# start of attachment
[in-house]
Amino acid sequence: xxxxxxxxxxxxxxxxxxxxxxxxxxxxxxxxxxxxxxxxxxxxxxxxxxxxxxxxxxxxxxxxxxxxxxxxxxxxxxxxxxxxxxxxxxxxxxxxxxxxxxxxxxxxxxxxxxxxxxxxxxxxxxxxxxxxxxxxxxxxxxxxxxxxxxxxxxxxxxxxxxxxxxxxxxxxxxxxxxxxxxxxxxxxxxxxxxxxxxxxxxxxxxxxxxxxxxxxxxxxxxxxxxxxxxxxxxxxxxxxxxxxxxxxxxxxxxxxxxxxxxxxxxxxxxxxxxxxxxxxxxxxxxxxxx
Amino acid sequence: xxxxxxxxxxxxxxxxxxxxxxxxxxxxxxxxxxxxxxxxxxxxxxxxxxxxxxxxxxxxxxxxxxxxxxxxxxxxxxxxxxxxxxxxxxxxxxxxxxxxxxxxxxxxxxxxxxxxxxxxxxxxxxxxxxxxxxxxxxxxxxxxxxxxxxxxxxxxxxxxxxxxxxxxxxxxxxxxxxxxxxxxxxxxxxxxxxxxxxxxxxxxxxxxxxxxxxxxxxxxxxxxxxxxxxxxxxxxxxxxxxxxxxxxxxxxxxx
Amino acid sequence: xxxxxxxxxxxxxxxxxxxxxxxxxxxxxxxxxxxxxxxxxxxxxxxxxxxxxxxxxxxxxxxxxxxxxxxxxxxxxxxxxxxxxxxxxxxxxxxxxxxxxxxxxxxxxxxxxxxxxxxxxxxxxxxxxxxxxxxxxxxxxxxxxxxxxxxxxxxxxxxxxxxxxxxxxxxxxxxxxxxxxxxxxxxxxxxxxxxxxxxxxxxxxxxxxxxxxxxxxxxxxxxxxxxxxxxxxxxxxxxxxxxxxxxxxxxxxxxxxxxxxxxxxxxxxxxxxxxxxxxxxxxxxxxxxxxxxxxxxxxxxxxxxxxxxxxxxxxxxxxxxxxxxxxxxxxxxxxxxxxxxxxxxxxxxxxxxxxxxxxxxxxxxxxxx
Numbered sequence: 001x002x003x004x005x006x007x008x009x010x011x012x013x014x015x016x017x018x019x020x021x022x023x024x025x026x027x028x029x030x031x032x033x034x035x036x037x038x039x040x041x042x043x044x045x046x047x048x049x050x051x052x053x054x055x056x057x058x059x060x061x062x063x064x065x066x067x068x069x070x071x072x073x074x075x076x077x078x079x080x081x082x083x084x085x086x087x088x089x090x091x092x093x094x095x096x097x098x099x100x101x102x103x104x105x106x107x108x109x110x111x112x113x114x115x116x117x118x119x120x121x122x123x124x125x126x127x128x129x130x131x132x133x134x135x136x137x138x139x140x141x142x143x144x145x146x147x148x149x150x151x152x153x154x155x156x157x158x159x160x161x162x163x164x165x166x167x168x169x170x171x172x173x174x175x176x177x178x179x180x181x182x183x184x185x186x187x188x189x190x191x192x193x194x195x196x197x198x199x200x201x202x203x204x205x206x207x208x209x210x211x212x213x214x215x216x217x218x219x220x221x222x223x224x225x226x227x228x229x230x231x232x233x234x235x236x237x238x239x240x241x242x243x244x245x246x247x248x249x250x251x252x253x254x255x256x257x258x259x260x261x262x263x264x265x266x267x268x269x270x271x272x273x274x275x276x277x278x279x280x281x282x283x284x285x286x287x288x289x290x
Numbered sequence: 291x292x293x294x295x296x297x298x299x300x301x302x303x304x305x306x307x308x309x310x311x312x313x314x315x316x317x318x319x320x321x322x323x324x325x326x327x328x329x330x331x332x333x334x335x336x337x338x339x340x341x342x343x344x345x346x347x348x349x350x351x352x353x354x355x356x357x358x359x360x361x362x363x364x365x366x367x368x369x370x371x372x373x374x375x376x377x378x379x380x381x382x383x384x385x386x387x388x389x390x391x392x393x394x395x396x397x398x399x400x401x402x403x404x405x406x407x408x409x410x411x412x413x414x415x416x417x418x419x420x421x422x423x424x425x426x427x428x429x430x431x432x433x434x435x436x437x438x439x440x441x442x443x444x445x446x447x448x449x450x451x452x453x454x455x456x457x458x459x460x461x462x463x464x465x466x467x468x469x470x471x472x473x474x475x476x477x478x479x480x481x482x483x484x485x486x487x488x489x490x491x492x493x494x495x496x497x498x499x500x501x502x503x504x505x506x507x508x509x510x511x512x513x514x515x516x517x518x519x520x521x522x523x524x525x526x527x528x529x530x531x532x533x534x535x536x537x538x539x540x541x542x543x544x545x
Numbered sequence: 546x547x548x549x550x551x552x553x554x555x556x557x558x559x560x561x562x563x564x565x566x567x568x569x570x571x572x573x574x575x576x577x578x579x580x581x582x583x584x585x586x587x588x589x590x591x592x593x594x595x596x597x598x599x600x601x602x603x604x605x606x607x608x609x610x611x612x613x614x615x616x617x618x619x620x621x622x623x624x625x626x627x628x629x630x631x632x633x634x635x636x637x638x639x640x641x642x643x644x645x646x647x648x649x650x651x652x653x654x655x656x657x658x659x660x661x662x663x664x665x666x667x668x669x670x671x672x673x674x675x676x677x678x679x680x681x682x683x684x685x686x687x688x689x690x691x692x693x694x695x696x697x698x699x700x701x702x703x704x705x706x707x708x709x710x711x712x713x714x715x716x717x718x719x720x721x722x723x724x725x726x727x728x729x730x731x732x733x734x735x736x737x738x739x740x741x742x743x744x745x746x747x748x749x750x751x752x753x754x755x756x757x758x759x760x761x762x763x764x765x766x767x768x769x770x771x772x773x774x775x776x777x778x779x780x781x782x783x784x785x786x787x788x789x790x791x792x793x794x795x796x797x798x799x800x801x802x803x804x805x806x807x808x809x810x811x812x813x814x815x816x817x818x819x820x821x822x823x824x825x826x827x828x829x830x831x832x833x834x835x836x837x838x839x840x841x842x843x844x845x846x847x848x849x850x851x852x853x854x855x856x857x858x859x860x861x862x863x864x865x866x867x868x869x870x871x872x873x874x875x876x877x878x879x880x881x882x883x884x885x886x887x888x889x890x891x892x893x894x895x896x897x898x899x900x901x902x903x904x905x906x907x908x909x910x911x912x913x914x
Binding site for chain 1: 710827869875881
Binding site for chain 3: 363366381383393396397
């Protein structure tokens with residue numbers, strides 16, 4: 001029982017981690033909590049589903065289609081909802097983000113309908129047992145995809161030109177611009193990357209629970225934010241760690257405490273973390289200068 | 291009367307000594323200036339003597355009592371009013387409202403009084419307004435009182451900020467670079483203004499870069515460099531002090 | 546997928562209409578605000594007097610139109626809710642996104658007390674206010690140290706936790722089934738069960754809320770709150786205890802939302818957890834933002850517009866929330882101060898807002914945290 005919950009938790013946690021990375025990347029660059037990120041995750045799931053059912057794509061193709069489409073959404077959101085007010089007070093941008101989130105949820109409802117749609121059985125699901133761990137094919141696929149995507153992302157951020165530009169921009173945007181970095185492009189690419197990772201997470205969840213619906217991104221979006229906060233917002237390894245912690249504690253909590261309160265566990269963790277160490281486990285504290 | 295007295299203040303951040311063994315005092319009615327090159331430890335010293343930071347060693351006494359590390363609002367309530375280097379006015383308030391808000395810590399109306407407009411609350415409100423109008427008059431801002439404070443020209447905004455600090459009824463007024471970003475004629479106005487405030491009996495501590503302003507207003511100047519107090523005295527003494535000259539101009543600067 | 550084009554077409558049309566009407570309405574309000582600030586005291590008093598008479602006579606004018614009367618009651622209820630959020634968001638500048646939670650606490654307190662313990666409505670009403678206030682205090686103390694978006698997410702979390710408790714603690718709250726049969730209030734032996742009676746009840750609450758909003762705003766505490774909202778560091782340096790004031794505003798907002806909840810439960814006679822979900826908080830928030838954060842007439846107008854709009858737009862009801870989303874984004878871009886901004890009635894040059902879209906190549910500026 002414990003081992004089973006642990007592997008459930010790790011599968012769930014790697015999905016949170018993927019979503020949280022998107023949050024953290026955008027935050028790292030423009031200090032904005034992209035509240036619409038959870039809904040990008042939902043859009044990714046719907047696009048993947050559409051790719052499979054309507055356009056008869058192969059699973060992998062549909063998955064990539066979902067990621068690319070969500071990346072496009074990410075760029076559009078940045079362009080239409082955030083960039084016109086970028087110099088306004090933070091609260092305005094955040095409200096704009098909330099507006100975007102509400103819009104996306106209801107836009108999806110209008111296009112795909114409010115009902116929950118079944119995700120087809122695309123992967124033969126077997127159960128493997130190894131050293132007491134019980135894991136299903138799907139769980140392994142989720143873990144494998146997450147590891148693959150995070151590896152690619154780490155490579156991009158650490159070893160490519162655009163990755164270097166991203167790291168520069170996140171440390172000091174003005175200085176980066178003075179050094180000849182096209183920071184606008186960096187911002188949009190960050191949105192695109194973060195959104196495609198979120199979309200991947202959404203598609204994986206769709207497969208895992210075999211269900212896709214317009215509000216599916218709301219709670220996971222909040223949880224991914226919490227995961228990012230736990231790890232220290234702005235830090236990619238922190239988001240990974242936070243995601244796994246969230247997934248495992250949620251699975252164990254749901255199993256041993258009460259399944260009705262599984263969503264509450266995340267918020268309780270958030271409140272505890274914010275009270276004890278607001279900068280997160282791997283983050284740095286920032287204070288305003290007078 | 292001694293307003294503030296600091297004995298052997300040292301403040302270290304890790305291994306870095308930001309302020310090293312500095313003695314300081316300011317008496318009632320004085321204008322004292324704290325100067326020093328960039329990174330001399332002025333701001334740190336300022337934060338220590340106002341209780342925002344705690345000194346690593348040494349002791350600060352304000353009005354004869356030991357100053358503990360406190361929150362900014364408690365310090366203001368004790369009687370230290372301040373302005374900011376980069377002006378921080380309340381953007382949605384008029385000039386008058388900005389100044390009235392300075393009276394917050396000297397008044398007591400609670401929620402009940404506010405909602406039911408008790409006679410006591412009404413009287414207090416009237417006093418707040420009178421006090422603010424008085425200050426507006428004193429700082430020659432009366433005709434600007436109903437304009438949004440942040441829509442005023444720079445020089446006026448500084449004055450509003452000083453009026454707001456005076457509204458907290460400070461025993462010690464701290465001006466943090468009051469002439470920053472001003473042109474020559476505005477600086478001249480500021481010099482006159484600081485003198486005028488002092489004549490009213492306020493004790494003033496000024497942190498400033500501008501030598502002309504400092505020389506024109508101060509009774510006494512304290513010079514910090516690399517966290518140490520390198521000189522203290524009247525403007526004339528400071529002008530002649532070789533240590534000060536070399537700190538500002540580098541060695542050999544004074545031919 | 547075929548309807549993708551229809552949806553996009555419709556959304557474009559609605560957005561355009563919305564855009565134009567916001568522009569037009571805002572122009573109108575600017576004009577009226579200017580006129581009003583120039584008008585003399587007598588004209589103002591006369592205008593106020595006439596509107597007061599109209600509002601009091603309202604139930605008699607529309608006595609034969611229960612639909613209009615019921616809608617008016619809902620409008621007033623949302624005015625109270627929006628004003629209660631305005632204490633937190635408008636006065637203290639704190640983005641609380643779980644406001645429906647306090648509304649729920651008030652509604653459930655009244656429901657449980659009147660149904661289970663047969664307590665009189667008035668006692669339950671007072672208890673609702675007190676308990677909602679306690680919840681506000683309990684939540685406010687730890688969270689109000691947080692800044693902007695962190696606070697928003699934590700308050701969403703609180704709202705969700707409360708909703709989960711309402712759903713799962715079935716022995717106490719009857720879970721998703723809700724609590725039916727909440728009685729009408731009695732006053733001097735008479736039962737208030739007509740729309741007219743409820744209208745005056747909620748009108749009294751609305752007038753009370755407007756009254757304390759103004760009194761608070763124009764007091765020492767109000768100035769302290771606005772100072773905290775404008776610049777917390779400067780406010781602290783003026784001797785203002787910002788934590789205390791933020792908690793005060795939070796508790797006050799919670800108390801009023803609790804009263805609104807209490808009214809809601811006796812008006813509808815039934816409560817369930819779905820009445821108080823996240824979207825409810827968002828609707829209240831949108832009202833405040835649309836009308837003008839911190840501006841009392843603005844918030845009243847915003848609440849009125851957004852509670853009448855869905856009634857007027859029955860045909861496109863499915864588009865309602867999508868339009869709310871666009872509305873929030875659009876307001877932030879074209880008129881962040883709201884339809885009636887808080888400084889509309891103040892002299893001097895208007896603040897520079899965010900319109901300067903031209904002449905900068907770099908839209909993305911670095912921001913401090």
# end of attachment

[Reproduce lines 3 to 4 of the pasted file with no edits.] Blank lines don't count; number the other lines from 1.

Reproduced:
Amino acid sequence: xxxxxxxxxxxxxxxxxxxxxxxxxxxxxxxxxxxxxxxxxxxxxxxxxxxxxxxxxxxxxxxxxxxxxxxxxxxxxxxxxxxxxxxxxxxxxxxxxxxxxxxxxxxxxxxxxxxxxxxxxxxxxxxxxxxxxxxxxxxxxxxxxxxxxxxxxxxxxxxxxxxxxxxxxxxxxxxxxxxxxxxxxxxxxxxxxxxxxxxxxxxxxxxxxxxxxxxxxxxxxxxxxxxxxxxxxxxxxxxxxxxxxxxxxxxxxxx
Amino acid sequence: xxxxxxxxxxxxxxxxxxxxxxxxxxxxxxxxxxxxxxxxxxxxxxxxxxxxxxxxxxxxxxxxxxxxxxxxxxxxxxxxxxxxxxxxxxxxxxxxxxxxxxxxxxxxxxxxxxxxxxxxxxxxxxxxxxxxxxxxxxxxxxxxxxxxxxxxxxxxxxxxxxxxxxxxxxxxxxxxxxxxxxxxxxxxxxxxxxxxxxxxxxxxxxxxxxxxxxxxxxxxxxxxxxxxxxxxxxxxxxxxxxxxxxxxxxxxxxxxxxxxxxxxxxxxxxxxxxxxxxxxxxxxxxxxxxxxxxxxxxxxxxxxxxxxxxxxxxxxxxxxxxxxxxxxxxxxxxxxxxxxxxxxxxxxxxxxxxxxxxxxxxxxxxxxx